The concept of publics have been analyzed by different scholars from diverse angles. Our work is mainly guided by Jürgen Habermas' “The Structural Transformation of the public sphere” (1962), cornerstone in the communication studies. The author precisely examined the concept describing the evolution of the public sphere in Europe in XVIII century when separate individuals gathering in coffee-shops and cafes were creating an autonomous sphere of public debate and, thus, together formed public, as well as public sphere's decline in the century after caused by its convergence with private property which led to the destruction of the rational-critical debate. We also base our research on more recent studies as Warner's work “Publics and Counterpublics” (2002), which presents seven main features applicable to any public, Nick Mahony's “Rethinking the Public: Innovations in Research” (2010), which develops the concept of public, discovers its communication and action features in the changing mediated world. Moreover, we follow the steps for analysis of public by Nina Belyaeva offered in her “Public Action and Emerging of Protesting Public” (2012). We also take into account some other influential works discovering the concept of public as those by N. Fraser (1992), J. Dewey (1988), J. Grunig (1984) and G. Hauser (1999). All together, these researches represent a significant analytical framework for studying publics.
Still, these fundamental works are not covering the topic of the Web 2.0. and especially social media as well as their influence on public formation, organization and action. We have analyzed an extensive amount of literature related to the expression, mobilization and participation in the digital age. Among most significant scholars in this field, there is Peter Dahlgern (2005), who argued that political discussion in social media demands to redefine the concepts of public sphere and engagement, emphasizing the role of identity and subjectivity in online communications. One more significant scholar is Clay Shirky (2011), who is one of the first to describe social media potential to become a tool for collective action, for public engagement and producing a change. Clark and Aufderheide in their research “Public Media 2.0: Dynamic, Engaged Publics” (2009) are showing the significant influence of new media on participatory user behaviors. According to some other scholars, there is as well a positive relationship between the usage of the Web.2.0 and social capital (Shah, Kwak&Holbert, 2001), civic engagement (Wellman, 2001) and political participation (Shah, Schmierbach, Hawkins, Espino, & Donovan, 2002). Rachael Gibson and Marta Cantijoch (2013) conceptualize and measure participation at the era of Internet, investigating if online forms do replicate offline or they mix together or exist in separate spheres. The topic of correlation between on-line and off-line started to attract attention of researchers in connection with the Arab revolution and Occupy movements, which represent the cases when social media was extensively used to coordinate and mobilize publics. For instance, there are valuable articles by Donatella della Porta (2005, 2007, 2009), who studies the local, national and transnational protest publics and the contribution of online communication tools for their emergence and development.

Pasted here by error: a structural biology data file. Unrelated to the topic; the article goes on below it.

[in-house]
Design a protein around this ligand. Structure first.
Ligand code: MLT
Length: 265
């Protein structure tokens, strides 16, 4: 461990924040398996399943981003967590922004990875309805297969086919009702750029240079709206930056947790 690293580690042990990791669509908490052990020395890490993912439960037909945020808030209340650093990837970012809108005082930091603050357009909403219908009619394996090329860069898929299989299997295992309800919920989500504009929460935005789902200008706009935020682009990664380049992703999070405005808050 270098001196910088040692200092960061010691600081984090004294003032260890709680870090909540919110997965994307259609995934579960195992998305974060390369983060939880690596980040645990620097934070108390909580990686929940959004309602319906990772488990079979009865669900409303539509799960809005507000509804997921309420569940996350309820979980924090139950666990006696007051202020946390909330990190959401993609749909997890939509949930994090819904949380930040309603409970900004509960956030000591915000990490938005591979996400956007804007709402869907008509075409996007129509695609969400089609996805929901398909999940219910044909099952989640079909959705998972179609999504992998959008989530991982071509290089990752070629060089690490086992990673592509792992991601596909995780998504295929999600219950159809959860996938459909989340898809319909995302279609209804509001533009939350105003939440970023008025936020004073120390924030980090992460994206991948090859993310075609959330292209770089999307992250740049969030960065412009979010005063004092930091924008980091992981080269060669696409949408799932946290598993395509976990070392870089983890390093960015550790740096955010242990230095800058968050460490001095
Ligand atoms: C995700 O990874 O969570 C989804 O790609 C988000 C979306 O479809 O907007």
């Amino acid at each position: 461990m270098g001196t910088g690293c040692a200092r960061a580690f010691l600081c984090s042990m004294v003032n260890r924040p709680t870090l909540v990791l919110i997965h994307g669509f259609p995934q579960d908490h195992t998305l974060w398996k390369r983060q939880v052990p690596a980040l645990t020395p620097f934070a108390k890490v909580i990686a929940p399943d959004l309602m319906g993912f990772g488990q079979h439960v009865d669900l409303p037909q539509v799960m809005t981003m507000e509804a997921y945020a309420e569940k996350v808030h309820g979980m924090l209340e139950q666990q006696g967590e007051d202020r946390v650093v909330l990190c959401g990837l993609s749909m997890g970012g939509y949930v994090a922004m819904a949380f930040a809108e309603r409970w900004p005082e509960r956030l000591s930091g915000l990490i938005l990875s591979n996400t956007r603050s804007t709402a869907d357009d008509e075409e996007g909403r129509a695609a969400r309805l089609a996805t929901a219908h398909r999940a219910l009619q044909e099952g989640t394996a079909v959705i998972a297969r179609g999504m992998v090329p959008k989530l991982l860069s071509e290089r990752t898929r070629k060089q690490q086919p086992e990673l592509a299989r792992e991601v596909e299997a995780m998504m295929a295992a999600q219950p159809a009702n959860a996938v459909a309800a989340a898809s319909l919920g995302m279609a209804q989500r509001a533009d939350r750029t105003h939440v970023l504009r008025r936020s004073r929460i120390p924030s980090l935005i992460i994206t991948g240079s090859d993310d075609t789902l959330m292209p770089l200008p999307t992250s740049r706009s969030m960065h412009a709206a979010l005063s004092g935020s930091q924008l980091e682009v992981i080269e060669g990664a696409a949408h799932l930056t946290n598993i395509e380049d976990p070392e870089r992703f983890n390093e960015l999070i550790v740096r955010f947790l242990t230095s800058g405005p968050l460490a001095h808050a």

As we study the cases of Charlie Hebdo and Five Star Movement, we refer to the relevant researches. The Italian case has been studied a lot and, thus, we found a considerable amount of literature on the general information about Five Star movement, its emergence and development (Turner, 2016; Albertazzi,2016; Natale, 2014; Bordignon& Ceccarini, 2014; Biorcio, 2014; Mosca, 2015; de Rosa, 2013; Tronconi, 2016), its place in Italian and European context (Franzosi & Marone & Eugenio Salvati, 2015; Corbetta & Vignati, 2014; Milani, 2014), its communication tools and digital activity (Tronconi, 2015; de Rosa, 2013, Bentivegna, 2014; Mosca &Lorenzo& Vaccari& Valeriani, 2015) and its leadership (Lanzone, 2012; Miconi, 2014; Cosenza, 2014). It is worth saying, that Lorenzo Mosca, Cristian Vaccari, and Augusto Valeriani (2015) have already carried out the research on the Internet usage by the Five Star Movement and its influence on the organization and mobilization of the party. They figure out how the rhetoric about the Internet compares to reality, how the online voting system works and what are its limitations, as well as what are the participatory repertoires of party's supporters. Based on conducted survey, the scholars show the behavioral patterns of those voting for the Movement; for instance, they are more likely to use Internet for political purposes than voters of other parties. Another noticeable research exploring the Five Star Movement and its supporters was prepared by British think-tank Demos (2013) and based on online survey of Facebook fans of the Movement.